Musings on the MCA

The Mental Capacity Act continues to consume a number of the queries I receive.  The point of this post is not to repeat the content of those I’ve already written, but to highlight the main problems which end up my focus as the questions keep coming.  You can read previous posts I’ve written in the paramedic series of blogs (which, of itself, tells you that many of these situations involve the police’s interface with the ambulance service) and of course, the (recently revised) Quick Guide on the MCA.  It’s also worth bearing in mind, the Mental Capacity (Amendment) Act 2019 which will take effect at some point in the future. This will add a number of words to section 4B of the Act, which you’ll see shortly, is key to many of the problems we continue to see.

I want to emphasise three things here –

  • The balance of probabilities
  • The least restrictive principle
  • ‘Restraint’ versus a ‘deprivation of liberty’.


I may, later today, suffer a life-ending accident, not least because I plan to ride a bike home from work in the dark, late at night.  I will manage speeds of 30mph at some stage and I do tend to find some drivers are very casual about my safety.  Risk accepted, I will be sure to go as carefully and defensively as I can, not least because my 15yr old son needs taking to school tomorrow with all his kit for a school adventure and I have no desire to risk my own injury (or worse) or to let him down.  There is a distinction to be had here about whether an accident or a serious accident (two different things!) is possible or probable.  I’ve cycled this route regularly in horrendous weather and have (touch wood) never had any kind of accident and I will be making sure I do this as safely as I can. It’s not PROBABLE that I will have a cycling accident – it is merely possible and I will update you later from my hospital bed if it turns out I’ve just badly tempted fate.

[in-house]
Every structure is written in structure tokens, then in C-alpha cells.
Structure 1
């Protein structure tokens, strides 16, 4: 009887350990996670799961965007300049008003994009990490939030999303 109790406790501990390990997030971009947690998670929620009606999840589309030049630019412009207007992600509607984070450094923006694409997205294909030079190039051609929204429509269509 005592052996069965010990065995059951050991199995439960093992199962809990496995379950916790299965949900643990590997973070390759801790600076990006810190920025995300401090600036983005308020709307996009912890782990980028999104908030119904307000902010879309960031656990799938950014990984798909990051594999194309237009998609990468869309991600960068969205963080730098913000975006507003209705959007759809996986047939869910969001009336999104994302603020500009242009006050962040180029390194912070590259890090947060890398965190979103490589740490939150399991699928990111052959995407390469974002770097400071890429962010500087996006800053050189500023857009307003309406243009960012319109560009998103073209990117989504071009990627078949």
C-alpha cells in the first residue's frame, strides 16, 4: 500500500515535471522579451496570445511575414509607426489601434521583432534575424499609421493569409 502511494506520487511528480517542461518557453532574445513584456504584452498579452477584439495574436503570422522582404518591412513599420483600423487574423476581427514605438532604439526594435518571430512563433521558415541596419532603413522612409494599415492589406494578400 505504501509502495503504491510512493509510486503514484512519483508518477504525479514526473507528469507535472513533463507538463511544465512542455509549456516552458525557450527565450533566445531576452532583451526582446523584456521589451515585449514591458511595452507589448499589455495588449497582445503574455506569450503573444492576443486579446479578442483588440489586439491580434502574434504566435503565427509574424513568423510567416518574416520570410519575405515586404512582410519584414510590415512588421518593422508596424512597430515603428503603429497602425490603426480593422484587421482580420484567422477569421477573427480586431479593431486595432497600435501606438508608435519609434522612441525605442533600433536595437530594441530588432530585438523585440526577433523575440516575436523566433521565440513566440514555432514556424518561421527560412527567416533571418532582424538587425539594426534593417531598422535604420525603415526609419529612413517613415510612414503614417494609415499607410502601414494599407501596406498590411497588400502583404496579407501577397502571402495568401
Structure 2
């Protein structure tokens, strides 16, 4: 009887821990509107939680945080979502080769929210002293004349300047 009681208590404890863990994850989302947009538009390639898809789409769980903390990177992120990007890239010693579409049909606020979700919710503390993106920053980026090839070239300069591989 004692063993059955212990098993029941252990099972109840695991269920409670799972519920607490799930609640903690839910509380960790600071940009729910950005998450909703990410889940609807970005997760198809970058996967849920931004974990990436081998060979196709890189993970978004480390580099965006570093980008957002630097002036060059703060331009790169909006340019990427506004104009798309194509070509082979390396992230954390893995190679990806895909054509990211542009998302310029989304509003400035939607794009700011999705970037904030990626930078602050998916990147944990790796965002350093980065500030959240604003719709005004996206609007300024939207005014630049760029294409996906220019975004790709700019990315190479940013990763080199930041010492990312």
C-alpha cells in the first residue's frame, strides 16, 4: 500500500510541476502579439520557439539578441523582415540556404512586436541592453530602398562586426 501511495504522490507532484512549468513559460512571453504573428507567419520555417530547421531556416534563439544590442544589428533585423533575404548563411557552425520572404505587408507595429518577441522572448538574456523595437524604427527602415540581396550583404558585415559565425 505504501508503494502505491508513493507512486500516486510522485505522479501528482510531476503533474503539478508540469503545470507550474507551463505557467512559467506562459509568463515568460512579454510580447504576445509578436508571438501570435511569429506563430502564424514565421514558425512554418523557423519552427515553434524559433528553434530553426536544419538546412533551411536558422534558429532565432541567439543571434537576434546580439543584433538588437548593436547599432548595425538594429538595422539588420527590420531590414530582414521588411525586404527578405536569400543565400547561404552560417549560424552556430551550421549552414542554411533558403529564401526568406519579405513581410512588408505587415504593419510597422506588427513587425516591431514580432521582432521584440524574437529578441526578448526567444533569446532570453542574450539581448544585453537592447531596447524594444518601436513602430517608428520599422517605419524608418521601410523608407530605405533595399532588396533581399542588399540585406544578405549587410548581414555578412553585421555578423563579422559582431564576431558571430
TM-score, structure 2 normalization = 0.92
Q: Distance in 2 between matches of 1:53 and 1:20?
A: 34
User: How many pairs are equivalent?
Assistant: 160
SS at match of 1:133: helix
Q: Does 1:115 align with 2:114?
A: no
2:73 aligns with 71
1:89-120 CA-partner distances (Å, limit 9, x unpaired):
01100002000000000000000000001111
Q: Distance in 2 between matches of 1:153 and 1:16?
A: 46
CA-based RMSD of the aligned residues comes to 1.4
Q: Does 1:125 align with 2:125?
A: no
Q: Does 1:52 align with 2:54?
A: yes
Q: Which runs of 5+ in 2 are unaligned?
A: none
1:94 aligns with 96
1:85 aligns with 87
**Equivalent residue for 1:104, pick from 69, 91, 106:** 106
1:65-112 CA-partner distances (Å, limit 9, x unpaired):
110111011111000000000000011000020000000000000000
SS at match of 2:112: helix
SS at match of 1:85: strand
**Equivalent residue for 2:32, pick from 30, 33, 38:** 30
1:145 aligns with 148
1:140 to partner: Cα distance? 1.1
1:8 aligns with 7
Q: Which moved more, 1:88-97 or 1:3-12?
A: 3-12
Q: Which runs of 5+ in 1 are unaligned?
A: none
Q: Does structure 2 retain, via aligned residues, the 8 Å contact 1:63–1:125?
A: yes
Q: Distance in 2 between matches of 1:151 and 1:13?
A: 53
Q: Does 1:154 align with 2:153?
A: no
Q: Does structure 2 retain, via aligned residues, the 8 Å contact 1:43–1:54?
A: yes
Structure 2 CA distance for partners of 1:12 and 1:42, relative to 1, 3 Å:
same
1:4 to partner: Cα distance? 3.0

This kind of distinction matters in the world of mental capacity law – because it’s partly about making black and white decisions amidst infinite shades of grey.  It’s not always easy to determine definitively whether someone has capacity or what risks they face without support and consideration of these issues can often be required in time-limited or information-restricted circumstances for 999 crews. You may not even know the name of the person you’re required to support or assess, never mind what their medical and other background is.  The MCA requires issues be determined on the balance of probabilities: essentially, this means “what do we reasonably think is more likely than not?”

Some speculation about hypothetical or unlikely events may be part of clinical considerations, but it can’t necessarily form the basis of legal decisions.  “He may choke on his own vomit if we don’t act”.  Great, but is that likely to happen or is it a very unlikely speculation?  Any number of things may happen, but whether they seem more likely than not is what matters.  Worth asking what we think might happen if, hypothetically, we did nothing?  For cops reading this, it’s a little bit like the difference between ‘reasonable grounds to suspect’ or ‘reasonable grounds to believe’:  a legal belief is about something that it is probable – suspicion is lower threshold about what’s possible.

MCA decisions lean more towards belief, than mere suspicion.